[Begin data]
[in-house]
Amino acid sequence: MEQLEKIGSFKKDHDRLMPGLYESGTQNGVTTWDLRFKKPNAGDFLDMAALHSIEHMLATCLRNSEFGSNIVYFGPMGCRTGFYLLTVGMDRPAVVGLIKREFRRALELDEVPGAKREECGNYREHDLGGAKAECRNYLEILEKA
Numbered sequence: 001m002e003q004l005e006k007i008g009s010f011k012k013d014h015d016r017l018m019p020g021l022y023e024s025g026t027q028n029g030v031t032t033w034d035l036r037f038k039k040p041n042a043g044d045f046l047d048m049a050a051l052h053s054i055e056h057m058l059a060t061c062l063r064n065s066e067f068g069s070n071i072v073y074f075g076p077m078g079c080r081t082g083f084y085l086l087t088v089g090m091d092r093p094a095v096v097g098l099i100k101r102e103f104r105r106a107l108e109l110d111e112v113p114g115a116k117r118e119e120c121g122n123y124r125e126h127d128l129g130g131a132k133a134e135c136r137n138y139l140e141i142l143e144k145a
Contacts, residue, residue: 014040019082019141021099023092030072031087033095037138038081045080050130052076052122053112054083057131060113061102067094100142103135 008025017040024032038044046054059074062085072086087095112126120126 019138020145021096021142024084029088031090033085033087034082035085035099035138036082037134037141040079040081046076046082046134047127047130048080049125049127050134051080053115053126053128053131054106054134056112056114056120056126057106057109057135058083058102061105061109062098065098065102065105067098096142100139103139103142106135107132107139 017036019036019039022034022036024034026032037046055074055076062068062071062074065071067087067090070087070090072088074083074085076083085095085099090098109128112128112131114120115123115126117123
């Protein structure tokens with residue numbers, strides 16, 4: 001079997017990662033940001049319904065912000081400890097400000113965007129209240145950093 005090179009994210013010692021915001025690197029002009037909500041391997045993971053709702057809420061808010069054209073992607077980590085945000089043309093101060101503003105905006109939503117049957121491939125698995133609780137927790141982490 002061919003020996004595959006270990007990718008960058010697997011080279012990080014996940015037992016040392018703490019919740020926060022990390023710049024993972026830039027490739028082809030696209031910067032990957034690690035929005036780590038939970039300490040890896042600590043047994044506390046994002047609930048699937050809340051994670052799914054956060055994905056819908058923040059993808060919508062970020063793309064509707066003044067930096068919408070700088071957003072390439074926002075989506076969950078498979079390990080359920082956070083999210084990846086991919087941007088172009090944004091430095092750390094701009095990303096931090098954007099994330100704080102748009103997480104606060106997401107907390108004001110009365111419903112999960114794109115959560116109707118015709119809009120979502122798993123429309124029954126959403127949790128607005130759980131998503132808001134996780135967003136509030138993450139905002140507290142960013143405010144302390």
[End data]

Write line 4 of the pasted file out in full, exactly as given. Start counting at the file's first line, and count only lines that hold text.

Contacts, residue, residue: 014040019082019141021099023092030072031087033095037138038081045080050130052076052122053112054083057131060113061102067094100142103135 008025017040024032038044046054059074062085072086087095112126120126 019138020145021096021142024084029088031090033085033087034082035085035099035138036082037134037141040079040081046076046082046134047127047130048080049125049127050134051080053115053126053128053131054106054134056112056114056120056126057106057109057135058083058102061105061109062098065098065102065105067098096142100139103139103142106135107132107139 017036019036019039022034022036024034026032037046055074055076062068062071062074065071067087067090070087070090072088074083074085076083085095085099090098109128112128112131114120115123115126117123